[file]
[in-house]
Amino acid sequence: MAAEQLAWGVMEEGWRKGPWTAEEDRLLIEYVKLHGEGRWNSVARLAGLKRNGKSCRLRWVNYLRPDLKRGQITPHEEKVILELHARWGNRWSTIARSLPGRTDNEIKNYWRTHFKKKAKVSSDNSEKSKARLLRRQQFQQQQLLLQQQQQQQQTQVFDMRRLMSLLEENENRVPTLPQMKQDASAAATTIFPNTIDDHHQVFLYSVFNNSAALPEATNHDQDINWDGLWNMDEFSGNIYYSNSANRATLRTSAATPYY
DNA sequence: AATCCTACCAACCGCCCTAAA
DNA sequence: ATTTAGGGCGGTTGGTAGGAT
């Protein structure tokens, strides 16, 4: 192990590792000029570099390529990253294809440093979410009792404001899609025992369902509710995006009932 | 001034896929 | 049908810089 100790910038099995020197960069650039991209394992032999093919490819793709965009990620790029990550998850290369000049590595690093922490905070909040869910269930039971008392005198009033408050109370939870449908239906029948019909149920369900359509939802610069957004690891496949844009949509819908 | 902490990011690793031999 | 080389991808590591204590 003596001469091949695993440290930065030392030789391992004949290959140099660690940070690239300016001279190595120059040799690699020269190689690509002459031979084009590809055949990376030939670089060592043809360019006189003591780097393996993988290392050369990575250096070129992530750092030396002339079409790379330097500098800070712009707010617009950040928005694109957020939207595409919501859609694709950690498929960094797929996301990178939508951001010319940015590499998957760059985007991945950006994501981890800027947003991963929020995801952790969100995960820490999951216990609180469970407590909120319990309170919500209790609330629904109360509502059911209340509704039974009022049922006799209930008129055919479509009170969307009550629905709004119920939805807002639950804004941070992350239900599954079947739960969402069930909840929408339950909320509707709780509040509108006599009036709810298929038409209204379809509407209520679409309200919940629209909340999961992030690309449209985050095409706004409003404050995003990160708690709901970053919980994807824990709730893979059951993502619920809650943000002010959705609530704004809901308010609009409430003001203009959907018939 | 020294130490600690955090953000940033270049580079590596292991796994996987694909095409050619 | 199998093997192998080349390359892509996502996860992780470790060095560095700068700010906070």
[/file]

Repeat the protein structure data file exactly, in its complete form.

[in-house]
Amino acid sequence: MAAEQLAWGVMEEGWRKGPWTAEEDRLLIEYVKLHGEGRWNSVARLAGLKRNGKSCRLRWVNYLRPDLKRGQITPHEEKVILELHARWGNRWSTIARSLPGRTDNEIKNYWRTHFKKKAKVSSDNSEKSKARLLRRQQFQQQQLLLQQQQQQQQTQVFDMRRLMSLLEENENRVPTLPQMKQDASAAATTIFPNTIDDHHQVFLYSVFNNSAALPEATNHDQDINWDGLWNMDEFSGNIYYSNSANRATLRTSAATPYY
DNA sequence: AATCCTACCAACCGCCCTAAA
DNA sequence: ATTTAGGGCGGTTGGTAGGAT
């Protein structure tokens, strides 16, 4: 192990590792000029570099390529990253294809440093979410009792404001899609025992369902509710995006009932 | 001034896929 | 049908810089 100790910038099995020197960069650039991209394992032999093919490819793709965009990620790029990550998850290369000049590595690093922490905070909040869910269930039971008392005198009033408050109370939870449908239906029948019909149920369900359509939802610069957004690891496949844009949509819908 | 902490990011690793031999 | 080389991808590591204590 003596001469091949695993440290930065030392030789391992004949290959140099660690940070690239300016001279190595120059040799690699020269190689690509002459031979084009590809055949990376030939670089060592043809360019006189003591780097393996993988290392050369990575250096070129992530750092030396002339079409790379330097500098800070712009707010617009950040928005694109957020939207595409919501859609694709950690498929960094797929996301990178939508951001010319940015590499998957760059985007991945950006994501981890800027947003991963929020995801952790969100995960820490999951216990609180469970407590909120319990309170919500209790609330629904109360509502059911209340509704039974009022049922006799209930008129055919479509009170969307009550629905709004119920939805807002639950804004941070992350239900599954079947739960969402069930909840929408339950909320509707709780509040509108006599009036709810298929038409209204379809509407209520679409309200919940629209909340999961992030690309449209985050095409706004409003404050995003990160708690709901970053919980994807824990709730893979059951993502619920809650943000002010959705609530704004809901308010609009409430003001203009959907018939 | 020294130490600690955090953000940033270049580079590596292991796994996987694909095409050619 | 199998093997192998080349390359892509996502996860992780470790060095560095700068700010906070």